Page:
Explained about Incoterms “C Group” – CFR, CIF, CPT, CIP.

This time, let’s look at Incoterms C Group – CFR/CIF/CPT/CIP.

Our company works as a freight forwarder in Thailand, CFR and CIF trading conditions are used by the customer, due to the volume of exports from Thailand.

Let’s take a closer look.

Video Explanation about CFR/CIF/CPT/CIP

About Incoterms

Firstly, let me explain about “Incoterms”.

“Incoterms” is a terms and condition of cost and risk responsibilities for trading between buyers and sellers.

Remember, they are international trading terms which clarify sellers’ and buyers’ cost and risk responsibilities from location to location.


Now, let’s take a look at the terms CFR and CIF first.

CFR is a short form of “Cost and Freight”. Therefore, sometimes it is written as “C&F”, but the correct short form is “CFR”.

CIF is a short form of “Cost, Insurance and Freight”. The difference between CFR and CIF is insurance, “I” stands for “Insurance”, which makes it easy to remember.

Cost responsibility of CFR and CIF

The following illustration explains CFR and CIF cost and risk responsibilities. Sellers are responsible for the cost until the cargo arrives at the importing port.

Risk responsibility of CFR and CIF

In terms of risk responsibilities, sellers are responsible until the cargo is loaded onto a vessel at the exporting port, once cargo is loaded onto a vessel, it becomes the buyers’ responsibility.

Remember, on CFR and CIF, the location of changing the cost and risk responsibilities are not the same.

Insurance of CFR and CIF

With CIF, it is the responsibility of the exporter to arrange insurance.

CFR does not include any insurance, therefore the importer will either waive insurance or they will arrange insurance.

Insurance Arrangement

・CIF:Exporter arrange Insurance
・CFR:Importer arrange Insurance or no insurance for the shipment

Exporter and Importers point of view

Well, let’s see the difference from each the exporter and importers point of view. In what kind of condition, CFR and CIF will be good enough to use?

Exporters point of view

From an exporter’s point of view, if they are exporting high volume cargoes and have a business with a freight forwarder who has strength and experience in exporting to certain countries, they have additional advantages when using CRF or CIF.

Under these conditions, the exporter is responsible for cost until the cargo arrives at the importing port.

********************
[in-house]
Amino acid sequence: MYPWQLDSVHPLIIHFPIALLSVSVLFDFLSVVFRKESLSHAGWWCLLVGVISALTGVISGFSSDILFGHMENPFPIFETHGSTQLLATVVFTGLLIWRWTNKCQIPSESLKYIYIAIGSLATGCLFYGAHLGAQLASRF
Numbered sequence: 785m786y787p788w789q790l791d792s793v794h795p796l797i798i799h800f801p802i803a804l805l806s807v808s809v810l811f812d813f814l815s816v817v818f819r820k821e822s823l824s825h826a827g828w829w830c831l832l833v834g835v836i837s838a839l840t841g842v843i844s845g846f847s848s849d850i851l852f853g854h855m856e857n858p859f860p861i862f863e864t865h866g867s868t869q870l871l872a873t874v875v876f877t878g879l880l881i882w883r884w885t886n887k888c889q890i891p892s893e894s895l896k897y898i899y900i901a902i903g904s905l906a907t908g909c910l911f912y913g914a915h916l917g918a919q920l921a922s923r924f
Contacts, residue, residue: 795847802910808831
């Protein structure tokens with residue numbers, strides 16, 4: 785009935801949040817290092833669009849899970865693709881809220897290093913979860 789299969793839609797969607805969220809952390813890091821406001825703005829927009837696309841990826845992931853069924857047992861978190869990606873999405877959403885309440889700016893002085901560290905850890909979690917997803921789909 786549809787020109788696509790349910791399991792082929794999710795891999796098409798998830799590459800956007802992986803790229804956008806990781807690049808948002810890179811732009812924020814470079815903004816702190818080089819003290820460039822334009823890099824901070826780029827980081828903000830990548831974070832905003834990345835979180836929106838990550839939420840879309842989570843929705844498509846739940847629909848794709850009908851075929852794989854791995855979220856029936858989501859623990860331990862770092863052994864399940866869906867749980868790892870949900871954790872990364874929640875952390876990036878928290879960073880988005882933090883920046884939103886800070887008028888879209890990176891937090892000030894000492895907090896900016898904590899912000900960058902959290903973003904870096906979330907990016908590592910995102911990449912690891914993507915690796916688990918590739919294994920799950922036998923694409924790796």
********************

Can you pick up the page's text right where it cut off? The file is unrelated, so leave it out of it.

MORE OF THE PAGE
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The more volume exporter’s have, the cheaper the freight will become.

Importers point of view

From an importer’s point of view, if you are importing cargo from the country for the first time,or if the freight forwarder is not familiar with the importing countries practices,

you may wish to choose CFR or CIF trading conditions, where the exporter’s take increased responsibility.


Small volume does not have advantage of the freight.


Under group C, in addition to CFR and CIF, there are also CPT and CIP terms.

Risk responsibility of CPT and CIP

The location of the risk responsibility changes once the cargo is on the deck of vessel when using CFR and CIF.

Alternatively, the location of risk responsibility changes at exporting CY and CFS when using CPT and CIP.

This means CPT and CIP are the conditions used when exporting using container vessels.

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CFR/CIF: Risk move at the deck of the vessel!


CPT/CIP: Risk move at CY/CFS at exporting port.

Cost Responsibility of Incoterms “C Group”

In terms of cost responsibility, under group C, exporters take responsibility up until the vessel arrives at the importing port.

Difference of CPT and CIP

The following explains the difference between CPT and CIP;

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CPT is short form of “Carriage Paid To”.

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CIP is short form of “Carriage and Insurance Paid To”.

As in the case of CFR and CIF, “I” in CIP stands for insurance, which in turn means CPT does not include insurance.

In this instance, all you need to remember is that “I” will always stand for insurance.


Finally, let’s check your understanding.

This time, we explained the difference between CFR and CIF. Also, we explained the advantages of these terms on cost and risk responsibility of importers and exporters, when considering cargo volume.

CFR and CIF are the business terms that are often used on trading practices, it is important to understand the difference.